Amidst the urbanity of Jamaica Plain, Harvard’s Arnold Arboretum—considered one of the University’s premier science museums—is a plant enthusiast’s haven. From conifers to crabapples, it is home to all manner of flora and fauna, both foreign and indigenous.
Sustaining these plants are many bees—but one in particular is of special interest to researchers. Latched to a wooden track, it is equipped with a UV camera linked to a classroom computer, enabling students to see the Arboretum through the eyes of one of its most important inhabitants.
The Arboretum’s experiment is one of the many examples of how technological innovation has found its way into Harvard’s museum spaces. Supported by the work of metaLAB (at) Harvard, a research center focused on bridging the humanities and technological innovation, Harvard’s museums, both indoor and out, are seeking to create a more digitally-enhanced viewer experience.
“Someone can still look into this meadow and see it’s beauty or its ugliness, but they can be armed with more knowledge,” says Kyle T. Parry, one of the project’s researchers. “There can be this compulsion to look closer.”
As the renovation of the Harvard Art Museums nears its completion this fall, the new space offers many opportunities for including technology.
“The role that digital initiatives will play in this museum will be much more present,” says Director of Harvard Art Museums Thomas W. Lentz. “We hope that people, when they walk in, will go, ‘Yes, this is the museum that I remember, but it’s so much better.’”
Museum innovators are not waiting until the new building opens to experiment. The opening of the Norma Jean Calderwood Collection of Islamic Art at Harvard’s Arthur M. Sackler Museum in January, for example, marks the first time Harvard Art Museums has used augmented reality technology.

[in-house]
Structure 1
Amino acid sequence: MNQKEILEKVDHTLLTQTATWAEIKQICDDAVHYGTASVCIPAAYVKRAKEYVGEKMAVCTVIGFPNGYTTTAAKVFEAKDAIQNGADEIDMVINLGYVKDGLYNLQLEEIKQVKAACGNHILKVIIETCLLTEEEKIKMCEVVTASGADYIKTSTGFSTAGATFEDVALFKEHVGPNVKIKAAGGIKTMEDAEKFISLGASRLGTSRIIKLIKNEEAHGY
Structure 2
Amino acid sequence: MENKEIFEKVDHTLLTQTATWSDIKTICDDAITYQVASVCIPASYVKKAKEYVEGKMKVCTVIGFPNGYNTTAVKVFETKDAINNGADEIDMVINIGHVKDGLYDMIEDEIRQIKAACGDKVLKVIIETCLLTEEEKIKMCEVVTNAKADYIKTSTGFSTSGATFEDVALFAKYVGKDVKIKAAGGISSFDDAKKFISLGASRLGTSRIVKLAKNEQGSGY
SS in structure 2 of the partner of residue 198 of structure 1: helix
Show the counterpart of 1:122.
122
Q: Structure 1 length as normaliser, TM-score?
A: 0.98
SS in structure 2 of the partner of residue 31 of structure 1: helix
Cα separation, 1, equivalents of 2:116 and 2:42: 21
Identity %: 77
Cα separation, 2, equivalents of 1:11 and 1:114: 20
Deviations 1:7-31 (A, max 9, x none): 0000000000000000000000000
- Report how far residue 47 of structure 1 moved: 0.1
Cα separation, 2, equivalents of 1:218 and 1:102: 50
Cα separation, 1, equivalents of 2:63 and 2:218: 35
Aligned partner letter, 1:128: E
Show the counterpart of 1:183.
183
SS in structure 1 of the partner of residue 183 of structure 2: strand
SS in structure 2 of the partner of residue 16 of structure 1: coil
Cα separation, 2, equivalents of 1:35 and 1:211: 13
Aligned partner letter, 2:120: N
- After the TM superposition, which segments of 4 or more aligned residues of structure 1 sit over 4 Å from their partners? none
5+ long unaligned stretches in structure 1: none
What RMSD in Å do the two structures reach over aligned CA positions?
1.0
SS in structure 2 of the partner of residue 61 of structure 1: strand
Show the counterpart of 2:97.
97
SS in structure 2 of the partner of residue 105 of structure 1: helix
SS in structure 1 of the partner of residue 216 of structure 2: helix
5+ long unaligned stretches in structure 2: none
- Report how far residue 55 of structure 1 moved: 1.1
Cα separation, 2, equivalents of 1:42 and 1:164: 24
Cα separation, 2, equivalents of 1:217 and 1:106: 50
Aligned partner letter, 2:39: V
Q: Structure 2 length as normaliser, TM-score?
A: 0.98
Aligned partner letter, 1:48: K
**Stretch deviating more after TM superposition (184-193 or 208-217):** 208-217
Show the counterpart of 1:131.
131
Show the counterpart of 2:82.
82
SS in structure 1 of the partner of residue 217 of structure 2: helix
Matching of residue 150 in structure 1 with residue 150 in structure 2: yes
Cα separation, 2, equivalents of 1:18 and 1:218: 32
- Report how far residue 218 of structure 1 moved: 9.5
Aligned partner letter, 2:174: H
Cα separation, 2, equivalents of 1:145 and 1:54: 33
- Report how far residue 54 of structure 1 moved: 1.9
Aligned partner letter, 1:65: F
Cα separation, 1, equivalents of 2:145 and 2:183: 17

For some, however, a traditional encounter with a work of art in a museum is necessarily devoid of a device like an iPad. And as Harvard’s cultural collections come of age in the digital era, curators and other museum administrators must straddle a fine line between enhancing their collections and distracting from their original purpose.
With its main building under renovation, Harvard Art Museums is undergoing a makeover. The building—an empty giant on Quincy Street—is more pregnant with possibility than ever before.
The completion of the renovation, which was first conceived almost ten years ago and broke ground in 2010, has been delayed by almost a year due to structural problems and unexpectedly high levels of asbestos. But by the time the building is set to open in late 2014, Lentz says the museum should be “state-of-the-art.”
“This isn’t going to be simply a very expensive, static treasure house,” Lentz says. “We fully expect this museum to much more effectively and imaginatively serve all of Harvard.”
According to Lentz, the existing structure of the building is easily adaptable to new technological additions. Although museum administrators stressed that all plans for the new space are preliminary, there are many ideas for how to bring the galleries into the digital age.
One project currently under consideration, for example, is a digital “screen-wall” on which visitors to the museum could use gesture-based navigation—harnessing body movements rather than touch to trigger the screen—to explore digital resources, according to Jessica L. Martinez ’95, Director of Academic and Public Programs.
Additionally, the new museum will feature three 1000-square foot “curricular galleries” to be used for teaching. By coupling exhibit and classroom space, the museum will become a tool for classes that may be better suited to an object-based syllabus than a text-based one.